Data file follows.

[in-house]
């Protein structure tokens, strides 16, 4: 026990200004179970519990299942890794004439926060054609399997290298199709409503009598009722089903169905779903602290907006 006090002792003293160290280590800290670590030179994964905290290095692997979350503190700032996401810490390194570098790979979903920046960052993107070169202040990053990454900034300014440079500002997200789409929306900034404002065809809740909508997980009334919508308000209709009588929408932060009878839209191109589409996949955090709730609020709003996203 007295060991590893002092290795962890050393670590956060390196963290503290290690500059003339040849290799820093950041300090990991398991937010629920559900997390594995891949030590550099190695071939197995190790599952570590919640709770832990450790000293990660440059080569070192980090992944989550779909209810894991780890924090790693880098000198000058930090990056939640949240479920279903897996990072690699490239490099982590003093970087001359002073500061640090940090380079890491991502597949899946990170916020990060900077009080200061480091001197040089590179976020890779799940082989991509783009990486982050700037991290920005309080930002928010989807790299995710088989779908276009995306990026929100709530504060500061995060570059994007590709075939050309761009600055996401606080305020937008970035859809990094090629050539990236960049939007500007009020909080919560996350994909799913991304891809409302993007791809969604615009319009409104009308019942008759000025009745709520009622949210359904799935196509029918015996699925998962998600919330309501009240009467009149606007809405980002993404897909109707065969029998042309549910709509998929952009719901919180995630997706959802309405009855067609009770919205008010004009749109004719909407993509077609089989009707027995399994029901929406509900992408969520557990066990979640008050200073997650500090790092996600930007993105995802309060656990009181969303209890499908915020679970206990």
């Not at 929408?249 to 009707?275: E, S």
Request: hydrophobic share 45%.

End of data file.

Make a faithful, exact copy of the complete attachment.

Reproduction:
[in-house]
């Protein structure tokens, strides 16, 4: 026990200004179970519990299942890794004439926060054609399997290298199709409503009598009722089903169905779903602290907006 006090002792003293160290280590800290670590030179994964905290290095692997979350503190700032996401810490390194570098790979979903920046960052993107070169202040990053990454900034300014440079500002997200789409929306900034404002065809809740909508997980009334919508308000209709009588929408932060009878839209191109589409996949955090709730609020709003996203 007295060991590893002092290795962890050393670590956060390196963290503290290690500059003339040849290799820093950041300090990991398991937010629920559900997390594995891949030590550099190695071939197995190790599952570590919640709770832990450790000293990660440059080569070192980090992944989550779909209810894991780890924090790693880098000198000058930090990056939640949240479920279903897996990072690699490239490099982590003093970087001359002073500061640090940090380079890491991502597949899946990170916020990060900077009080200061480091001197040089590179976020890779799940082989991509783009990486982050700037991290920005309080930002928010989807790299995710088989779908276009995306990026929100709530504060500061995060570059994007590709075939050309761009600055996401606080305020937008970035859809990094090629050539990236960049939007500007009020909080919560996350994909799913991304891809409302993007791809969604615009319009409104009308019942008759000025009745709520009622949210359904799935196509029918015996699925998962998600919330309501009240009467009149606007809405980002993404897909109707065969029998042309549910709509998929952009719901919180995630997706959802309405009855067609009770919205008010004009749109004719909407993509077609089989009707027995399994029901929406509900992408969520557990066990979640008050200073997650500090790092996600930007993105995802309060656990009181969303209890499908915020679970206990």
């Not at 929408?249 to 009707?275: E, S």
Request: hydrophobic share 45%.